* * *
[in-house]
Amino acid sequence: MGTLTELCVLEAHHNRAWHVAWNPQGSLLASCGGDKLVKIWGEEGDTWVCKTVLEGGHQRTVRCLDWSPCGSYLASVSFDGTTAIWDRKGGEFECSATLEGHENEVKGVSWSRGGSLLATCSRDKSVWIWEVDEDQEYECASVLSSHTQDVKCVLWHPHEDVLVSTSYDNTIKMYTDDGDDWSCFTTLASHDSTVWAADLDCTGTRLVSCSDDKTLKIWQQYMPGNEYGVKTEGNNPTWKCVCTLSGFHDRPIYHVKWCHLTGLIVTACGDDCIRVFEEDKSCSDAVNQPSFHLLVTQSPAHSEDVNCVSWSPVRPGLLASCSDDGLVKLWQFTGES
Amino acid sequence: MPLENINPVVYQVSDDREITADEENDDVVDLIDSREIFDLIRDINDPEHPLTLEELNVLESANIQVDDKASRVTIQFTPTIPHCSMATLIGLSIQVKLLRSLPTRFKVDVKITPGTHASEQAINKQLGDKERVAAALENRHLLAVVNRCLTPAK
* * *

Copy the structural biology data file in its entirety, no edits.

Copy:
[in-house]
Amino acid sequence: MGTLTELCVLEAHHNRAWHVAWNPQGSLLASCGGDKLVKIWGEEGDTWVCKTVLEGGHQRTVRCLDWSPCGSYLASVSFDGTTAIWDRKGGEFECSATLEGHENEVKGVSWSRGGSLLATCSRDKSVWIWEVDEDQEYECASVLSSHTQDVKCVLWHPHEDVLVSTSYDNTIKMYTDDGDDWSCFTTLASHDSTVWAADLDCTGTRLVSCSDDKTLKIWQQYMPGNEYGVKTEGNNPTWKCVCTLSGFHDRPIYHVKWCHLTGLIVTACGDDCIRVFEEDKSCSDAVNQPSFHLLVTQSPAHSEDVNCVSWSPVRPGLLASCSDDGLVKLWQFTGES
Amino acid sequence: MPLENINPVVYQVSDDREITADEENDDVVDLIDSREIFDLIRDINDPEHPLTLEELNVLESANIQVDDKASRVTIQFTPTIPHCSMATLIGLSIQVKLLRSLPTRFKVDVKITPGTHASEQAINKQLGDKERVAAALENRHLLAVVNRCLTPAK